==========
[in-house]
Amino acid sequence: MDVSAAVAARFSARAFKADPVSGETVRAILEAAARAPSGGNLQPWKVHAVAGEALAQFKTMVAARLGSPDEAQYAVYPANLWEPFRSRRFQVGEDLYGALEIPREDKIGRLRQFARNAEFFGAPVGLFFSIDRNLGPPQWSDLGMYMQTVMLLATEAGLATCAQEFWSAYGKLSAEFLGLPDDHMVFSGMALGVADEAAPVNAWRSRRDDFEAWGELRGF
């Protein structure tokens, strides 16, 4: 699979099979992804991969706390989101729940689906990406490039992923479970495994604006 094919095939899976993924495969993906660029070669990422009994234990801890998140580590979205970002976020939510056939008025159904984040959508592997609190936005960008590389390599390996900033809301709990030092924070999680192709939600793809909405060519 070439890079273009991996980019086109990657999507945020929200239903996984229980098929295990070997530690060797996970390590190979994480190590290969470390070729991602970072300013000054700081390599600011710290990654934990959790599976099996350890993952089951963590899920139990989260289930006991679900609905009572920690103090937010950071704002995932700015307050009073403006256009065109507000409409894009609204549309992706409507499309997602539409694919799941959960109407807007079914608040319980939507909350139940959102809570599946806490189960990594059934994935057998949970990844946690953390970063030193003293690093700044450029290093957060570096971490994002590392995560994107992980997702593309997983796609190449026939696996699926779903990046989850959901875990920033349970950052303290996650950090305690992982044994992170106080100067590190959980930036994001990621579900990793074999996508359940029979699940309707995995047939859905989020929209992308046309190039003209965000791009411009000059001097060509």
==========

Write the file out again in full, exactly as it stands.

[in-house]
Amino acid sequence: MDVSAAVAARFSARAFKADPVSGETVRAILEAAARAPSGGNLQPWKVHAVAGEALAQFKTMVAARLGSPDEAQYAVYPANLWEPFRSRRFQVGEDLYGALEIPREDKIGRLRQFARNAEFFGAPVGLFFSIDRNLGPPQWSDLGMYMQTVMLLATEAGLATCAQEFWSAYGKLSAEFLGLPDDHMVFSGMALGVADEAAPVNAWRSRRDDFEAWGELRGF
């Protein structure tokens, strides 16, 4: 699979099979992804991969706390989101729940689906990406490039992923479970495994604006 094919095939899976993924495969993906660029070669990422009994234990801890998140580590979205970002976020939510056939008025159904984040959508592997609190936005960008590389390599390996900033809301709990030092924070999680192709939600793809909405060519 070439890079273009991996980019086109990657999507945020929200239903996984229980098929295990070997530690060797996970390590190979994480190590290969470390070729991602970072300013000054700081390599600011710290990654934990959790599976099996350890993952089951963590899920139990989260289930006991679900609905009572920690103090937010950071704002995932700015307050009073403006256009065109507000409409894009609204549309992706409507499309997602539409694919799941959960109407807007079914608040319980939507909350139940959102809570599946806490189960990594059934994935057998949970990844946690953390970063030193003293690093700044450029290093957060570096971490994002590392995560994107992980997702593309997983796609190449026939696996699926779903990046989850959901875990920033349970950052303290996650950090305690992982044994992170106080100067590190959980930036994001990621579900990793074999996508359940029979699940309707995995047939859905989020929209992308046309190039003209965000791009411009000059001097060509």